Sussex has three main geographic sub-regions, each oriented approximately east to west. In the southwest is the fertile and densely populated coastal plain. North of this are the rolling chalk hills of the South Downs, beyond which is the well-wooded Sussex Weald.
In 1974, the Lord-Lieutenant of Sussex was replaced with one each for East and West Sussex, which became separate ceremonial counties. Sussex continues to be recognised as a geographical territory and cultural region. It has had a single police force since 1968 and its name is in common use in the media. In 2007, Sussex Day was created to celebrate the county's rich culture and history. Based on the traditional emblem of Sussex, a blue shield with six gold martlets, the flag of Sussex was recognised by the Flag Institute in 2011. In 2013, Secretary of State for Communities and Local GovernmentEric Pickles formally recognised and acknowledged the continued existence of England's 39 historic counties, including Sussex.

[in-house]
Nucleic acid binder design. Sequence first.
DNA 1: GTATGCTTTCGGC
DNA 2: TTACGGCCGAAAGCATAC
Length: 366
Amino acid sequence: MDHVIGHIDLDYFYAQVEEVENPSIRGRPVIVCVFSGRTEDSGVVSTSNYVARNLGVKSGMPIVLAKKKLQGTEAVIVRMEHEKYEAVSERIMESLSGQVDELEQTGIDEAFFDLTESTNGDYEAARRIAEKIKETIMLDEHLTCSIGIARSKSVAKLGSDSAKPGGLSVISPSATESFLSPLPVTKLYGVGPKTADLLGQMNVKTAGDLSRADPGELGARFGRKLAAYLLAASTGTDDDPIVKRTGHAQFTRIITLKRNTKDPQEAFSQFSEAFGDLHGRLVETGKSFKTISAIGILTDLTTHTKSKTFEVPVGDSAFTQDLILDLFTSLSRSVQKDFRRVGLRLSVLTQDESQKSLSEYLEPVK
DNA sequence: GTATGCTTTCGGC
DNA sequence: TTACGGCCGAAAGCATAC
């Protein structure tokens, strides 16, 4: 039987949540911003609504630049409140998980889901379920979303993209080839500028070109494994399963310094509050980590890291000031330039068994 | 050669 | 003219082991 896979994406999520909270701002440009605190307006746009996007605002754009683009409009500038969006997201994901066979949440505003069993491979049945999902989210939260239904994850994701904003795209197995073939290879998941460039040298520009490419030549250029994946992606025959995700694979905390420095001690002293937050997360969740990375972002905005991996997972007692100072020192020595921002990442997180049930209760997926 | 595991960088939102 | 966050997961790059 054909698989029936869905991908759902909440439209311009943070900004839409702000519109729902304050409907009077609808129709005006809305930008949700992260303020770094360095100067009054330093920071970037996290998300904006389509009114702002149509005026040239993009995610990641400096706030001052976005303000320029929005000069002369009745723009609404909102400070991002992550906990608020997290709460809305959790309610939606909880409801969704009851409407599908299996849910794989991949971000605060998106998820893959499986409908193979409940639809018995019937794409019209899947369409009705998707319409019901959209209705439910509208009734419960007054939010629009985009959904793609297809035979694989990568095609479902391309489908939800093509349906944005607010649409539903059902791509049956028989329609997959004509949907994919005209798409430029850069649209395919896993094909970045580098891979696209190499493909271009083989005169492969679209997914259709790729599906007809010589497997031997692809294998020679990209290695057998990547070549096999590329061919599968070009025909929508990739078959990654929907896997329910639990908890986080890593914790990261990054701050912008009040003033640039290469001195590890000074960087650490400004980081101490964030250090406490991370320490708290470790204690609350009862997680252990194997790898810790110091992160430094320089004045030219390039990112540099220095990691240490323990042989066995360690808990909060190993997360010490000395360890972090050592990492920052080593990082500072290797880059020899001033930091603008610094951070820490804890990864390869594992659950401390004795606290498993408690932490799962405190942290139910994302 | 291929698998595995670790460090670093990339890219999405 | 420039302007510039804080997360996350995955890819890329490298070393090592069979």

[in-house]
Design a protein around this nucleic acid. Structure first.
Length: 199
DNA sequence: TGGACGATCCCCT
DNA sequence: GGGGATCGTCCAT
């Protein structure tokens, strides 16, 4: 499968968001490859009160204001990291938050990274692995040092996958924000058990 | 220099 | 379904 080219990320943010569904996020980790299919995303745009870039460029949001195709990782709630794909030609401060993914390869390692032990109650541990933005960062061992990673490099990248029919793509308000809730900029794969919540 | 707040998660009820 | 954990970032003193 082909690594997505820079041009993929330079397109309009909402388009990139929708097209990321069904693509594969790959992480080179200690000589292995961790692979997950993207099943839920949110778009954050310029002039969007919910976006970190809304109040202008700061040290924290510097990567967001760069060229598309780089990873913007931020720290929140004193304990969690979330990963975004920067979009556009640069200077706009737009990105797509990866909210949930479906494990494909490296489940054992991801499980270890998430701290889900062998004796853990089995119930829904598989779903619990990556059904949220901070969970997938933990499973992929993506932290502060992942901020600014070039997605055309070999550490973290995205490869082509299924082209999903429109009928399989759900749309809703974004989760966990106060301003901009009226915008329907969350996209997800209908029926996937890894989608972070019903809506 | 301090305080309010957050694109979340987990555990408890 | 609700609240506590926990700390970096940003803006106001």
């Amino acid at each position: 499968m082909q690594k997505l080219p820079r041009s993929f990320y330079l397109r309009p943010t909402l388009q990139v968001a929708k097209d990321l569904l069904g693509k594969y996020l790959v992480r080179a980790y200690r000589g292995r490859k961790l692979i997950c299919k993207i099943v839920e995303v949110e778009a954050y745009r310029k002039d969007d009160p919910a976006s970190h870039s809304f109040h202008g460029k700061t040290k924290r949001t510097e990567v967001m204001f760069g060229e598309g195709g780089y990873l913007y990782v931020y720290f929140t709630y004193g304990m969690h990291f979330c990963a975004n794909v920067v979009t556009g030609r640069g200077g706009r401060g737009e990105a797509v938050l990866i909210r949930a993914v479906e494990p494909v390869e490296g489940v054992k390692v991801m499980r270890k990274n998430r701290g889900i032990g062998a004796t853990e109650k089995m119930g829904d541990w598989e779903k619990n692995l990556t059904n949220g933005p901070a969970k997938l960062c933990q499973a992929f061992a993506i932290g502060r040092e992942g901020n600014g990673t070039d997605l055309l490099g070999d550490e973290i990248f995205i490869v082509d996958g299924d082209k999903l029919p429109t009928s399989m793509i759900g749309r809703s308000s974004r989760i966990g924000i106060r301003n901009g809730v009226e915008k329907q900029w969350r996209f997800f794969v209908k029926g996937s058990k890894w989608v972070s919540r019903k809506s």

The earliest known usage of the term South Saxons (Latin: Australes Saxones) is in a royal charter of 689 which names them and their king, Noðhelm, although the term may well have been in use for some time before that. The monastic chronicler who wrote up the entry classifying the invasion seems to have got his dates wrong; recent scholars have suggested he might have been a quarter of a century too late.